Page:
Breaking Stalin's Nose Questions
Bring on the tough stuff - there’s not just one right answer.
- When you think of communal living, you might think first of the happy hippie crunchy granola variety, which (we admit) can sometimes look pretty appealing. In this novel, though, we're talking a completely different type of communal living that looks a lot less fun (especially for the poor sap who gets to sleep in the cubby next to the toilet!). What do you think might be some of the benefits of communal living? Do we see any benefits of the type shown in the book? How has the idealistic view of communal living been twisted in some way by the darker, more Oliver Twist-esque style (please, sir, can I have another carrot?) of the Soviet system?
- Sasha, Vovka and Four-Eyes seem like three peas in an outcast pod: they each are the children of accused criminals and are each "foreign" in some way (Sasha's mom was an American, Four-Eyes is Jewish, and Vovka is persona non grata because his father is a "wrecker"). Why do you think Yelchin makes these guys so similar? What's important about their differences, and what do they suggest about how different groups were treated in this society?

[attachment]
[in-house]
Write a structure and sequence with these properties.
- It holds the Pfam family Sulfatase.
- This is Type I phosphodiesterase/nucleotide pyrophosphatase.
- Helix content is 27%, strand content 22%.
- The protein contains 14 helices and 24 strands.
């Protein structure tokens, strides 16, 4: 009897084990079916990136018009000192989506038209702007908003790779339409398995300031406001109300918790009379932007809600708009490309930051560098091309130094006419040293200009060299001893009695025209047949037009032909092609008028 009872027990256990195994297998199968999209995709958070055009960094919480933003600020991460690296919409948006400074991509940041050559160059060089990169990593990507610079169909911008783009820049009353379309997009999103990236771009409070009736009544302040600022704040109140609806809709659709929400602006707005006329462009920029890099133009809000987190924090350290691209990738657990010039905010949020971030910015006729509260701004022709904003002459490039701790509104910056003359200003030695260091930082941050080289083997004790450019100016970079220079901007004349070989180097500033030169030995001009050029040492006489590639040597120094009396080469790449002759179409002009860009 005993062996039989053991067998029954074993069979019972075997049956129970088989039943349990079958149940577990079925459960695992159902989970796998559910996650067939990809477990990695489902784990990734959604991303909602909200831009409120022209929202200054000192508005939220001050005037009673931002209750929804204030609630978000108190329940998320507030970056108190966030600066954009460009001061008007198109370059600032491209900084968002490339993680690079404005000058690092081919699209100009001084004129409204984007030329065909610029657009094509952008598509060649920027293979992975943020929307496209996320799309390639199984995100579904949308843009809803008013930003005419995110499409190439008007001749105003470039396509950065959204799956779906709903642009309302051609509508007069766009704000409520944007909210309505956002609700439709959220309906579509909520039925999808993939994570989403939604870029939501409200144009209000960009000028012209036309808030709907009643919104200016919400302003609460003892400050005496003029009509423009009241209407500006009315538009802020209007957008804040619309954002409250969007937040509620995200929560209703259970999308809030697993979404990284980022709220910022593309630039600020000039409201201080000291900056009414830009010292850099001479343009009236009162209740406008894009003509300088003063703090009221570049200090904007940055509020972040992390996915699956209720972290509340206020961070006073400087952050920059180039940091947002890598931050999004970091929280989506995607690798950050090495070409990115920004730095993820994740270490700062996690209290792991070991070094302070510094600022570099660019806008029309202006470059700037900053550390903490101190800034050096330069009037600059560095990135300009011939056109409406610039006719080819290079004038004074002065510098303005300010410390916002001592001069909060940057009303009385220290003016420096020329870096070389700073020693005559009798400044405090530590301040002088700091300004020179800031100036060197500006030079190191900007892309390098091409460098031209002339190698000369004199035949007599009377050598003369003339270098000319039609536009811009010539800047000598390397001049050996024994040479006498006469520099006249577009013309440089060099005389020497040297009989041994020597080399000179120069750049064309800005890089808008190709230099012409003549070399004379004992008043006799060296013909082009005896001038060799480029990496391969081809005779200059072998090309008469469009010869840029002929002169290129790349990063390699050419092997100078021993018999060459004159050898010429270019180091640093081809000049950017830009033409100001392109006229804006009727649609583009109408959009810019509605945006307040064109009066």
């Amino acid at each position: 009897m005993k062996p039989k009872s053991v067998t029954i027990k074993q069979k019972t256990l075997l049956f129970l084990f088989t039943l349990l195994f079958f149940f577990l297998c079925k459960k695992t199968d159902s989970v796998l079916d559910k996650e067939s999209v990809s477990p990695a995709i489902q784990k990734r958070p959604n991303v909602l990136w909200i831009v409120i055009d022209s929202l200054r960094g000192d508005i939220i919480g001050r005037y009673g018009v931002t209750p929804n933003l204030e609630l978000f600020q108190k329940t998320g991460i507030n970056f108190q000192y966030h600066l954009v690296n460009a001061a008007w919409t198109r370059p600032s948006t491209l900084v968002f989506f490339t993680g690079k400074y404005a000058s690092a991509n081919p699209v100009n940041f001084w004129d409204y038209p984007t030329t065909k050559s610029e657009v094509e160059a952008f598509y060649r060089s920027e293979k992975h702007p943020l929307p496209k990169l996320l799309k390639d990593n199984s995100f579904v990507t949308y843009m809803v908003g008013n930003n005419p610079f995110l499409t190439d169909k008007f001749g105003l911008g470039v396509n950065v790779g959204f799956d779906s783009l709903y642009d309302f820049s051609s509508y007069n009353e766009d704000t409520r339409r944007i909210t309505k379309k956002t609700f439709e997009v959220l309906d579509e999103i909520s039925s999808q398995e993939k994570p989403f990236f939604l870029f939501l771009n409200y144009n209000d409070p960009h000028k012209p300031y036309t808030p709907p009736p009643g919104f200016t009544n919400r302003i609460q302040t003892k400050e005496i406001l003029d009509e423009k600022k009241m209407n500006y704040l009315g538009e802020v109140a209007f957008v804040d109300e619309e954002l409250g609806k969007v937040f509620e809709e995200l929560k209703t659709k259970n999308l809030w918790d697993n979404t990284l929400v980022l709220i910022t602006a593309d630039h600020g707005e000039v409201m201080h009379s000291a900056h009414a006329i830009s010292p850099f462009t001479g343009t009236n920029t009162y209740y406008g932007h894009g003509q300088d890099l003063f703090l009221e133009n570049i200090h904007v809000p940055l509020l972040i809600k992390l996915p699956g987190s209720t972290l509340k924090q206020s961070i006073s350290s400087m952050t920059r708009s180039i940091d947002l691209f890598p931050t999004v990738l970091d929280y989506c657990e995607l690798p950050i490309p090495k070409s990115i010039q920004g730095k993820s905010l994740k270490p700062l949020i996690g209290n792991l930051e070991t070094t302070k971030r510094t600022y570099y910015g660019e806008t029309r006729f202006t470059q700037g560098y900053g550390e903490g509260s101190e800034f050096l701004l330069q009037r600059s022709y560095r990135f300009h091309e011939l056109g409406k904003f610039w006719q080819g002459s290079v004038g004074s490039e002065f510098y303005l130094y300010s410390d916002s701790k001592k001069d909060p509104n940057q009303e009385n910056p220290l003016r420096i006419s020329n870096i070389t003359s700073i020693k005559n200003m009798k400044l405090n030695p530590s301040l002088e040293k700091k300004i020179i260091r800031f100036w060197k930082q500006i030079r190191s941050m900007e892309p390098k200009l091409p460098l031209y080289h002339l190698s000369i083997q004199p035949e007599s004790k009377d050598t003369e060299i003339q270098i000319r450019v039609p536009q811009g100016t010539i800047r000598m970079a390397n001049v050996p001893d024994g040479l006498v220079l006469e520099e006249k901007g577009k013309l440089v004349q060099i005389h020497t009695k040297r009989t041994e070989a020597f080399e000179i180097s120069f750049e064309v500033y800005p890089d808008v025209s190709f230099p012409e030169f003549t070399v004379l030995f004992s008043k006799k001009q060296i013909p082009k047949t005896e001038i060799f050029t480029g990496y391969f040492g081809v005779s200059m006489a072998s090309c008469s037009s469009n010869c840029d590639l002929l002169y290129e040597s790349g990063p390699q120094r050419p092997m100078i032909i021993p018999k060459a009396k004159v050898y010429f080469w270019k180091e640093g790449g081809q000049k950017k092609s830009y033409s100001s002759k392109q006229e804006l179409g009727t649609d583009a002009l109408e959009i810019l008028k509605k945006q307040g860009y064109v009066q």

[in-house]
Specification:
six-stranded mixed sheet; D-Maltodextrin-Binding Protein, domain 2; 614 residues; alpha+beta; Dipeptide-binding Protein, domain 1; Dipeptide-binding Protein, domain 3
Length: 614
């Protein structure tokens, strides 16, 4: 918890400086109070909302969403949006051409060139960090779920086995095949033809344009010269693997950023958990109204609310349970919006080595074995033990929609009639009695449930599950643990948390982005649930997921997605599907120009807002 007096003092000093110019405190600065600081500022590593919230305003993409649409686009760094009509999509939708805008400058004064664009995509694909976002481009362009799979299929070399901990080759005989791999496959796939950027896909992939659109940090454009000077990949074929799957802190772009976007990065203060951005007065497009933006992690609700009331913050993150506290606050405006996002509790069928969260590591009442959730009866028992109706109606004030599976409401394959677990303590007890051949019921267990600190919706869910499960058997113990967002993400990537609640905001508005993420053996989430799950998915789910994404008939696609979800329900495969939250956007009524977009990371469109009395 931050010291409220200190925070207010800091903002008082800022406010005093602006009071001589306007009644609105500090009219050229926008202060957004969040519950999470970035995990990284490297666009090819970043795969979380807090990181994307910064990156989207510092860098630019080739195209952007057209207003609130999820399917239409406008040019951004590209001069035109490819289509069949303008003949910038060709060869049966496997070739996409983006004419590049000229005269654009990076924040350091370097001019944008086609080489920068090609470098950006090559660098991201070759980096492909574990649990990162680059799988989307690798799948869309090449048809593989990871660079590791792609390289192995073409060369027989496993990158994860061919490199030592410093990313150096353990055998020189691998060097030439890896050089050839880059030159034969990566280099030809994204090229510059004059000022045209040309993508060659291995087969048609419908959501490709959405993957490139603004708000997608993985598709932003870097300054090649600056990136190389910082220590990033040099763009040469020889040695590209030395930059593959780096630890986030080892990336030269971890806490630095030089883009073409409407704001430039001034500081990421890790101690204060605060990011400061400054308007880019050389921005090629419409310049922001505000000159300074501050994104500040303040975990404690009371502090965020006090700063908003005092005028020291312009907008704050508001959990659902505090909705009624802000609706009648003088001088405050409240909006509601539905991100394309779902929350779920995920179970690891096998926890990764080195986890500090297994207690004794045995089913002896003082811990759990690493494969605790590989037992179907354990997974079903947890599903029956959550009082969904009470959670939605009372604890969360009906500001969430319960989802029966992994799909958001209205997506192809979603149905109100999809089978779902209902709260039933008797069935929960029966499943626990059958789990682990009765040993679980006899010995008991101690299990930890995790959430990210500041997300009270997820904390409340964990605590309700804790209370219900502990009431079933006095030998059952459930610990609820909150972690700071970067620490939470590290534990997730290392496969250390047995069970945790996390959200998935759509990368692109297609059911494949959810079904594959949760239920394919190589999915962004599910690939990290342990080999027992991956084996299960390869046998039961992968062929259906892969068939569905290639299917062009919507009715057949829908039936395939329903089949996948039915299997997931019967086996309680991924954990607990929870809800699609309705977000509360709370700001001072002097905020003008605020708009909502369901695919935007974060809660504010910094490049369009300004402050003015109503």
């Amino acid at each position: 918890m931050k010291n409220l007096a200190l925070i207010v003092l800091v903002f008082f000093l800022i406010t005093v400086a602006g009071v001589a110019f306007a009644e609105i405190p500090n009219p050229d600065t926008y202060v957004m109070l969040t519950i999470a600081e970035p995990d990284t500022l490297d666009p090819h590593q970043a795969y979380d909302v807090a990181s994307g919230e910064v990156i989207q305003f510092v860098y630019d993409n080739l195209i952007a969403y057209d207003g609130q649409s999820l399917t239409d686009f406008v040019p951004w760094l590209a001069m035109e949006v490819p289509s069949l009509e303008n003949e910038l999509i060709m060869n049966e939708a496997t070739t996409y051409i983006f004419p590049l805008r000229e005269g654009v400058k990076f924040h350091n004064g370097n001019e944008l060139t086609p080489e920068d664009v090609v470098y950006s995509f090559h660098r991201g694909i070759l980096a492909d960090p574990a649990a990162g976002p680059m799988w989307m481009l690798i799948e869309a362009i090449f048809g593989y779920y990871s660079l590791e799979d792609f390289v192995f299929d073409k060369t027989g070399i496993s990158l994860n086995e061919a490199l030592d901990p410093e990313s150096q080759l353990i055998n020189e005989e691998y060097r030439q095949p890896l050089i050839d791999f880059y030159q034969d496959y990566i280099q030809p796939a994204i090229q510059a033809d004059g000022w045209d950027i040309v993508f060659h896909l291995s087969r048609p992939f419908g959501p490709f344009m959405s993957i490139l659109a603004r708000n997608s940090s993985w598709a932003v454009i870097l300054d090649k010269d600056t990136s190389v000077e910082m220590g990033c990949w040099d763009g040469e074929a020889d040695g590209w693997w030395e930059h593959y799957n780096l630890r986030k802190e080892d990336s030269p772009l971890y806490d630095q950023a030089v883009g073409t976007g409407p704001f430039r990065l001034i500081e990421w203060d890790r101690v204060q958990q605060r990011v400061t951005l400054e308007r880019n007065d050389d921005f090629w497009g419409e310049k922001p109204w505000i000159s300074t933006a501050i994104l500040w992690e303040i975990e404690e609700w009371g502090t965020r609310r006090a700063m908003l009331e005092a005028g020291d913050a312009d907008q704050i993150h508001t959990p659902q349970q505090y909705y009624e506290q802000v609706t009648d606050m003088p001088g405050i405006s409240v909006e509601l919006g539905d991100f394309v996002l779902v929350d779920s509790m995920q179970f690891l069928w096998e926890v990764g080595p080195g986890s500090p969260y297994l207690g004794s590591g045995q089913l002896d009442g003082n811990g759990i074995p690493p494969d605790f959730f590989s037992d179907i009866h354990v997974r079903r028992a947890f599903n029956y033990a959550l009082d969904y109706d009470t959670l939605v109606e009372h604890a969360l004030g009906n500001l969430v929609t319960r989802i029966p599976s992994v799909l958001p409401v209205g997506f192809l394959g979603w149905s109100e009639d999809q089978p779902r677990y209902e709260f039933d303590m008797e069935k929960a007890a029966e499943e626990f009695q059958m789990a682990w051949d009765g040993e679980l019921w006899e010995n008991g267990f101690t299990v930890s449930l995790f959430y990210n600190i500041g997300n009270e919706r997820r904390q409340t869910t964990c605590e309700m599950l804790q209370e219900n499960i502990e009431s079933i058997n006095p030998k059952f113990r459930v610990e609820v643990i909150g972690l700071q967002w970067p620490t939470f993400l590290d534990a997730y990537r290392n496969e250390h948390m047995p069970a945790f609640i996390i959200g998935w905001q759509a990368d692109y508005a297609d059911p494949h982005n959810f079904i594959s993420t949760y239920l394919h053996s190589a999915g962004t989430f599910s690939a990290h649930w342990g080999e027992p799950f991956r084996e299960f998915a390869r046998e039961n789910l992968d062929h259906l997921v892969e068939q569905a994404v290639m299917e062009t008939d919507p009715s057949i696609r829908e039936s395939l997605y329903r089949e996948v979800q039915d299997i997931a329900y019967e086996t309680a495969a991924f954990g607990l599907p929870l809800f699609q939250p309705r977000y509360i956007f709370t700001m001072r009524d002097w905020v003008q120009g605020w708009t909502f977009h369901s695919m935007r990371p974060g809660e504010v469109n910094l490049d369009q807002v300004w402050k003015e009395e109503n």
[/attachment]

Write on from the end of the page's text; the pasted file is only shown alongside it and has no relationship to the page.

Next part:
- Okay—we know you're just waiting for this one: What in the world is up with that conversation Sasha has with Stalin's plaster nose, anyway? Did all of those biology lab chemical fumes go to his head? What is the effect of having this moment of unreality come into the novel? Do you think Sasha is really having a conversation with a real person, but is recounting it in a sort of allegorical, Life-of-Pi-like manner? Just what's going on here?
- A whopping majority of the adults in Breaking Stalin's Nose seem ripped right from the pages of Lemony Snicket—only darker and more twisted, and very, very real. From Aunt Larisa's husband's cool attitude toward Sasha's plight, to Nina Petrovna's casual cruelty, to the senior lieutenant threatening to take Sasha to prison, adults in this novel don't seem to have a nurturing bone in their bodies (and that's the understatement of the day). Why do you think the adults are so cruel to children here? What might be the larger political purpose for this behavior?
- How would you like to have to listen to "America the Beautiful" and "The Star Spangled Banner" as your only music choices on a daily basis? Or be forced to continually read how great your country's great Leader and Teacher is? These techniques are basically "propaganda," which was huge in the USSR during this time. What are some other examples you can find in the novel? What do you think makes these types of propaganda so effective? Do you see anything similar working in our own country?
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